A motorcycle flagged in the Diada of 2012. JOAN SÁNCHEZ
With three months to go before the Catalan elections, the discursive framework in which they will be held has already been proposed. Voters will elucidate which front they trust to manage post-pandemic Catalonia: Catalanism or pro-independentism. A scheme far removed from that of 2017, where a choice was made between endorsing the illegal referendum and the proclamation of October and the legitimacy of the deposed president of the Generalitat, Carles Puigdemont, or defending the permanence in Spain with different degrees. The dilemma favored the extremes: the catchment of JuntsxCat -if you vote for us, Puigdemont will return- and that of Ciudadanos, the option that rather represented in the emotional field the rejection of the independence adventurism.
In these three years the independence movement has fragmented and has lost orientation. Its weavers of stories have been unable to trace a way out of the labyrinth. The simplest option would have been to correct themselves and undo part of the way, although this implied withdrawing a generation of politicians that is not willing. In the theoretical field, Enric Marín and Joan M. Tresserras are the ones who have gone the furthest by proposing a cartography in Obertura republicana (2019).
The independence movement has lost orientation. Its storytellers have been unable to get out of the labyrinth.
In the practical sphere, ERC’s left-handed flank has rehearsed an exercise in political funambulism: combining the amendment without posing it as such, maintaining the leadership. This option went through an alliance with the Comuns, for now impossible after the failure of the Maragall-Colau pact in Barcelona and due to the reluctance of a sector of the party -much less of the electorate- reluctant to agree with non-independence formations (ERC -Comuns, the impossible front, 08/15/2020). Hence ERC’s commitment to renew the current ill-assorted marriage, with the hope of piloting it from the presidency.
Along with the pro-independentism disorientation, the pandemic has opened a new scenario that seems to place socioeconomic management at the same level as the resolution of the political conflict. The PSC, hoping to recover fearful voters in 2017 who sought refuge in Ciudadanos, stands as the axis of the Catalan alternative with the Comuns at one end and the Lliga Democràtica, Lliures, Convergents and Units per Avançar at the other.
This center-right -with personal ties to the socialist milieu- aims to capture the vote of the mythical 300,000 moderate voters who are supposedly party orphans. For this, something similar to a single list of Catalanism has been studied, with figures or with an electoral coalition that allows these formations to enter Parliament.
However, the need to orchestrate a candidacy with PSC conveys an image of little confidence with the scope of the project itself; it raises doubts for wandering orphans about what room will be left to pursue conservative policies; and it moves socialism away from the center-left.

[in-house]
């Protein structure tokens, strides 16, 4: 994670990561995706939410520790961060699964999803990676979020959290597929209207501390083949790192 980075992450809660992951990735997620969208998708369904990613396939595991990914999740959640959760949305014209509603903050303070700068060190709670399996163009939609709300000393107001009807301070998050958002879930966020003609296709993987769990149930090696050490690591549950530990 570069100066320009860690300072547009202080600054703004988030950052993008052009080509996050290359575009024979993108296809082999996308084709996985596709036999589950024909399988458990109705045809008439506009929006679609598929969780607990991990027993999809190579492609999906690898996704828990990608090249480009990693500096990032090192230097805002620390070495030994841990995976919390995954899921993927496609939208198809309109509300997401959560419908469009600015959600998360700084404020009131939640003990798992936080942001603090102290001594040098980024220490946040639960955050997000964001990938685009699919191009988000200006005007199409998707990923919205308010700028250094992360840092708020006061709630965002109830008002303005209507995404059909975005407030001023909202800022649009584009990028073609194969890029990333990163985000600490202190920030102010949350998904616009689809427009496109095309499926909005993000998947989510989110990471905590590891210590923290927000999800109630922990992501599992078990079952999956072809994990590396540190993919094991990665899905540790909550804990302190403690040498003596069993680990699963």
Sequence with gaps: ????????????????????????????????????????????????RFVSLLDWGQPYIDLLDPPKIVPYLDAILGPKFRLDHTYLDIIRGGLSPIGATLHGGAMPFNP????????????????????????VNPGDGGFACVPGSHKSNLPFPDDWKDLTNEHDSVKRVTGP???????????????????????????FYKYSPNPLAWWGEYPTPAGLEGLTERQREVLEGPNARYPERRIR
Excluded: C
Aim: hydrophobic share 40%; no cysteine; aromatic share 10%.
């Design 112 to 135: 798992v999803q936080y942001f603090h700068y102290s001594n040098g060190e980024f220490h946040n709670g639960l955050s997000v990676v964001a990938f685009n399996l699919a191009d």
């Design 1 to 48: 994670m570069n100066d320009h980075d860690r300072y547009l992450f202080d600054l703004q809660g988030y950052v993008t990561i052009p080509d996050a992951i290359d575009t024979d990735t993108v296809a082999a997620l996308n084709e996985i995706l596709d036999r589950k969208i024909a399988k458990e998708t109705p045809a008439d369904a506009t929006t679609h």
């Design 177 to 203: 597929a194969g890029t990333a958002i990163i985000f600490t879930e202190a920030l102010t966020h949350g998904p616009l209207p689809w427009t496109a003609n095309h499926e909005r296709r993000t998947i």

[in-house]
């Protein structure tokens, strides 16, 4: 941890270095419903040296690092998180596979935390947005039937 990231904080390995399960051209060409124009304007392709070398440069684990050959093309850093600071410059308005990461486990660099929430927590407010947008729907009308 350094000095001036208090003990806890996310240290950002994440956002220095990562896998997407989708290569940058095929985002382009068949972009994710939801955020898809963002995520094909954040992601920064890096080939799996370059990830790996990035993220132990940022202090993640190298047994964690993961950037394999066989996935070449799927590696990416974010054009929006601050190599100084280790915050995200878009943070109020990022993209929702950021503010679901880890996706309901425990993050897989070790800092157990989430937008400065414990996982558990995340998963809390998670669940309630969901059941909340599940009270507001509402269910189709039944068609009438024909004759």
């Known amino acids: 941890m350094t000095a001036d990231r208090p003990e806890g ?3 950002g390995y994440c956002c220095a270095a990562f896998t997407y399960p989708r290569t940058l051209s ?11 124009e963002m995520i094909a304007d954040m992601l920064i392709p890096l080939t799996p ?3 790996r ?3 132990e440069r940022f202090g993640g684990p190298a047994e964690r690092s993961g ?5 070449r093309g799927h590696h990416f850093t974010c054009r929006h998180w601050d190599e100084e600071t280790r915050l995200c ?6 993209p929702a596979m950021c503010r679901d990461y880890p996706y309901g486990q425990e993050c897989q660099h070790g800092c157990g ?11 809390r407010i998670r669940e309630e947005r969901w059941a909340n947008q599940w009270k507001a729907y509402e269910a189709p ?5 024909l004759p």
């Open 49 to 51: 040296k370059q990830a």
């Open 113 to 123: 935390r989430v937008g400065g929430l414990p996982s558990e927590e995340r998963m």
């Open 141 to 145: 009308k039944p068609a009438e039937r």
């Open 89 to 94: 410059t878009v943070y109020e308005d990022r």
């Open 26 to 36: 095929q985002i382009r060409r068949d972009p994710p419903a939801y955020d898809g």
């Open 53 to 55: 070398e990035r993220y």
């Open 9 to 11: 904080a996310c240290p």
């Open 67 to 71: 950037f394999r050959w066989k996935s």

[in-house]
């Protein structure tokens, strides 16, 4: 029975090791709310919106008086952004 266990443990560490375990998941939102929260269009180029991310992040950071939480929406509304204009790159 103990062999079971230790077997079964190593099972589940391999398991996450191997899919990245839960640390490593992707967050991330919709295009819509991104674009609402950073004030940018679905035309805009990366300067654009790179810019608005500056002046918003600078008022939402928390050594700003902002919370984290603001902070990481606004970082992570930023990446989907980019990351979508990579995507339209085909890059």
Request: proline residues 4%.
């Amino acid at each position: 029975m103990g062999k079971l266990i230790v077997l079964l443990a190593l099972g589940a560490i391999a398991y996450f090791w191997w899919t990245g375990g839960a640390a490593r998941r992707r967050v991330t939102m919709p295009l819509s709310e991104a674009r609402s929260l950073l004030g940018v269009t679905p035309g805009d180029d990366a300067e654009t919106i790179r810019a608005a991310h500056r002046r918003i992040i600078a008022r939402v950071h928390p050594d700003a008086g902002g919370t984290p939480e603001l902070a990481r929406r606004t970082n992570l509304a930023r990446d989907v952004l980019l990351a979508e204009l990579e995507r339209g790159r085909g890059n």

The Catalanist front also trusts that the moderates PDeCAT and PNC will scratch votes for JuntsxCat and weaken the most intransigent segment of the pro-independence movement. Its electoral hook is beyond anyone’s guess. Without a clear stance, the converted independentist will doubt whether their vote will be used to anoint a Catalanist, which will condition their decision.
The Catalanist front has a disparity of solutions – among which federalism – that have not yet materialized
According to the surveys, it is assumed that the management of the pandemic will weigh when voting. It will, but the advantage of the Catalanist front in this area – due to participation of PSC and Comuns in the government of Spain – is limited. For the elector to discern between governments when in March the virus did not understand territories and half a year later it does, it will not be easy.
Without being able to play this option fully, Catalonia’s fit in Spain (recognition and pecuniary issue) will continue to be in the foreground. In this field, the pro-independentist movement has an advantage: its horizon is clear even if it does not know how to get there. On the contrary, the Catalanist front has a disparity of solutions -among them federalism- that have not yet materialized (with respect to a proposal for the distribution of powers, for example).
Just as the pro-independence movement is immune to self-criticism because it has plenty of syllogisms, Catalanism is so convinced that its framework and management capacity in the short term are so realistic that it spends a lot of energy in pointing out the nonsense of others instead of clarifying its own proposal . Catalanism has lived a long century of ambiguities, contradictions and misunderstandings. Whether it is considered to be part of it or not, the pro-independence movement can be understood precisely as a product of this exhausting and not always efficient Catalan dynamic, a clamor that encompasses a simple idea that does not see a realization in the alternative.